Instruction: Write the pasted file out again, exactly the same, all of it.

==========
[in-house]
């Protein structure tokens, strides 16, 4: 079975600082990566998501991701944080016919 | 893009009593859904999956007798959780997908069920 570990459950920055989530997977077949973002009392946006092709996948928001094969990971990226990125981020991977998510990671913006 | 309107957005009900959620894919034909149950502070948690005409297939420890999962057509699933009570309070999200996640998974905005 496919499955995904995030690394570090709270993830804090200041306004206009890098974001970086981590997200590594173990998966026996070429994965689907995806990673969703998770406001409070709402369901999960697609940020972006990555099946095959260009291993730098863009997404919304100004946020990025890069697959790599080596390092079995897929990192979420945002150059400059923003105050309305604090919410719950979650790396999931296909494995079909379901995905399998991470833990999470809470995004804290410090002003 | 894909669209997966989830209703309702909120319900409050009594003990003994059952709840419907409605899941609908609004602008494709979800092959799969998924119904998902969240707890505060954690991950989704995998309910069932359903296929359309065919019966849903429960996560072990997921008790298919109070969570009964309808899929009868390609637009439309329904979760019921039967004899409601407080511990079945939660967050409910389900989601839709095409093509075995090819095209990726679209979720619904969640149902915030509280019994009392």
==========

[in-house]
């Protein structure tokens, strides 16, 4: 079975600082990566998501991701944080016919 | 893009009593859904999956007798959780997908069920 570990459950920055989530997977077949973002009392946006092709996948928001094969990971990226990125981020991977998510990671913006 | 309107957005009900959620894919034909149950502070948690005409297939420890999962057509699933009570309070999200996640998974905005 496919499955995904995030690394570090709270993830804090200041306004206009890098974001970086981590997200590594173990998966026996070429994965689907995806990673969703998770406001409070709402369901999960697609940020972006990555099946095959260009291993730098863009997404919304100004946020990025890069697959790599080596390092079995897929990192979420945002150059400059923003105050309305604090919410719950979650790396999931296909494995079909379901995905399998991470833990999470809470995004804290410090002003 | 894909669209997966989830209703309702909120319900409050009594003990003994059952709840419907409605899941609908609004602008494709979800092959799969998924119904998902969240707890505060954690991950989704995998309910069932359903296929359309065919019966849903429960996560072990997921008790298919109070969570009964309808899929009868390609637009439309329904979760019921039967004899409601407080511990079945939660967050409910389900989601839709095409093509075995090819095209990726679209979720619904969640149902915030509280019994009392």